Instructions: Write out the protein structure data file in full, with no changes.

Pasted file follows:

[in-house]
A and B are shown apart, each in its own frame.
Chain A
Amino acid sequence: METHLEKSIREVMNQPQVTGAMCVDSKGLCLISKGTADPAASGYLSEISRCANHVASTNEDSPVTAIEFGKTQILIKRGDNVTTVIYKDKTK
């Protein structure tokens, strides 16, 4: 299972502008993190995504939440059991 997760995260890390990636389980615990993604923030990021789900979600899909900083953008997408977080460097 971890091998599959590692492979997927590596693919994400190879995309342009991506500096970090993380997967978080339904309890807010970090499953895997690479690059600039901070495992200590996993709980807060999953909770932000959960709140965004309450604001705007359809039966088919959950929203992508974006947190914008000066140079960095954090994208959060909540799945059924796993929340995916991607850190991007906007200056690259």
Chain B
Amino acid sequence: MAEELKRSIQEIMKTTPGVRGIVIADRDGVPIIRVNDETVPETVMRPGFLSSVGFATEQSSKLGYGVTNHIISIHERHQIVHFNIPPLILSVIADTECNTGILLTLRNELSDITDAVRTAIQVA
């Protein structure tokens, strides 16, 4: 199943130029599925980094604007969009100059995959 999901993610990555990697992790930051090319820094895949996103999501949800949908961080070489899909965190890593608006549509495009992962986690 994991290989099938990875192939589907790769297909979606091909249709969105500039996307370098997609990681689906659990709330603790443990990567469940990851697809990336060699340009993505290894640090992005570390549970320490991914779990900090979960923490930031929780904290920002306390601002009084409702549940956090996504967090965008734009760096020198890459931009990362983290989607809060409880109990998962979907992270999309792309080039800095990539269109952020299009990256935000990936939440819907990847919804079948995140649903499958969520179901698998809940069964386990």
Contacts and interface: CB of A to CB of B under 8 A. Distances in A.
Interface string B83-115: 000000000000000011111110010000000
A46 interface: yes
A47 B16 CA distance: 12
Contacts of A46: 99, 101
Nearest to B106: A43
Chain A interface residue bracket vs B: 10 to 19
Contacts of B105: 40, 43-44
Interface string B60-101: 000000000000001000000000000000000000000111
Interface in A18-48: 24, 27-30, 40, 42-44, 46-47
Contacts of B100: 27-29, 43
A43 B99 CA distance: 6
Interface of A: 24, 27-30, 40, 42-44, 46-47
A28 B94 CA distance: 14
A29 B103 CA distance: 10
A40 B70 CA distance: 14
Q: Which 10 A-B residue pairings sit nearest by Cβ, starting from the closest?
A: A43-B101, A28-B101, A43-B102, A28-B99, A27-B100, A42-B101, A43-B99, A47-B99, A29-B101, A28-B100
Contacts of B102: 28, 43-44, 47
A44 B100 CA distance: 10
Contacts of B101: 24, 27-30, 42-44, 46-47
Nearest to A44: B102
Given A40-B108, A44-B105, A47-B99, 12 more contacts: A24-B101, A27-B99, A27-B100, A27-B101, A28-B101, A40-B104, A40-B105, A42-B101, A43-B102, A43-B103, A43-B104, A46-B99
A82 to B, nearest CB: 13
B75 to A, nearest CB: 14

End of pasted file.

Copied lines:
[in-house]
A and B are shown apart, each in its own frame.
Chain A
Amino acid sequence: METHLEKSIREVMNQPQVTGAMCVDSKGLCLISKGTADPAASGYLSEISRCANHVASTNEDSPVTAIEFGKTQILIKRGDNVTTVIYKDKTK
């Protein structure tokens, strides 16, 4: 299972502008993190995504939440059991 997760995260890390990636389980615990993604923030990021789900979600899909900083953008997408977080460097 971890091998599959590692492979997927590596693919994400190879995309342009991506500096970090993380997967978080339904309890807010970090499953895997690479690059600039901070495992200590996993709980807060999953909770932000959960709140965004309450604001705007359809039966088919959950929203992508974006947190914008000066140079960095954090994208959060909540799945059924796993929340995916991607850190991007906007200056690259």
Chain B
Amino acid sequence: MAEELKRSIQEIMKTTPGVRGIVIADRDGVPIIRVNDETVPETVMRPGFLSSVGFATEQSSKLGYGVTNHIISIHERHQIVHFNIPPLILSVIADTECNTGILLTLRNELSDITDAVRTAIQVA
């Protein structure tokens, strides 16, 4: 199943130029599925980094604007969009100059995959 999901993610990555990697992790930051090319820094895949996103999501949800949908961080070489899909965190890593608006549509495009992962986690 994991290989099938990875192939589907790769297909979606091909249709969105500039996307370098997609990681689906659990709330603790443990990567469940990851697809990336060699340009993505290894640090992005570390549970320490991914779990900090979960923490930031929780904290920002306390601002009084409702549940956090996504967090965008734009760096020198890459931009990362983290989607809060409880109990998962979907992270999309792309080039800095990539269109952020299009990256935000990936939440819907990847919804079948995140649903499958969520179901698998809940069964386990």
Contacts and interface: CB of A to CB of B under 8 A. Distances in A.
Interface string B83-115: 000000000000000011111110010000000
A46 interface: yes
A47 B16 CA distance: 12
Contacts of A46: 99, 101
Nearest to B106: A43
Chain A interface residue bracket vs B: 10 to 19
Contacts of B105: 40, 43-44
Interface string B60-101: 000000000000001000000000000000000000000111
Interface in A18-48: 24, 27-30, 40, 42-44, 46-47
Contacts of B100: 27-29, 43
A43 B99 CA distance: 6
Interface of A: 24, 27-30, 40, 42-44, 46-47
A28 B94 CA distance: 14
A29 B103 CA distance: 10
A40 B70 CA distance: 14
Q: Which 10 A-B residue pairings sit nearest by Cβ, starting from the closest?
A: A43-B101, A28-B101, A43-B102, A28-B99, A27-B100, A42-B101, A43-B99, A47-B99, A29-B101, A28-B100
Contacts of B102: 28, 43-44, 47
A44 B100 CA distance: 10
Contacts of B101: 24, 27-30, 42-44, 46-47
Nearest to A44: B102
Given A40-B108, A44-B105, A47-B99, 12 more contacts: A24-B101, A27-B99, A27-B100, A27-B101, A28-B101, A40-B104, A40-B105, A42-B101, A43-B102, A43-B103, A43-B104, A46-B99
A82 to B, nearest CB: 13
B75 to A, nearest CB: 14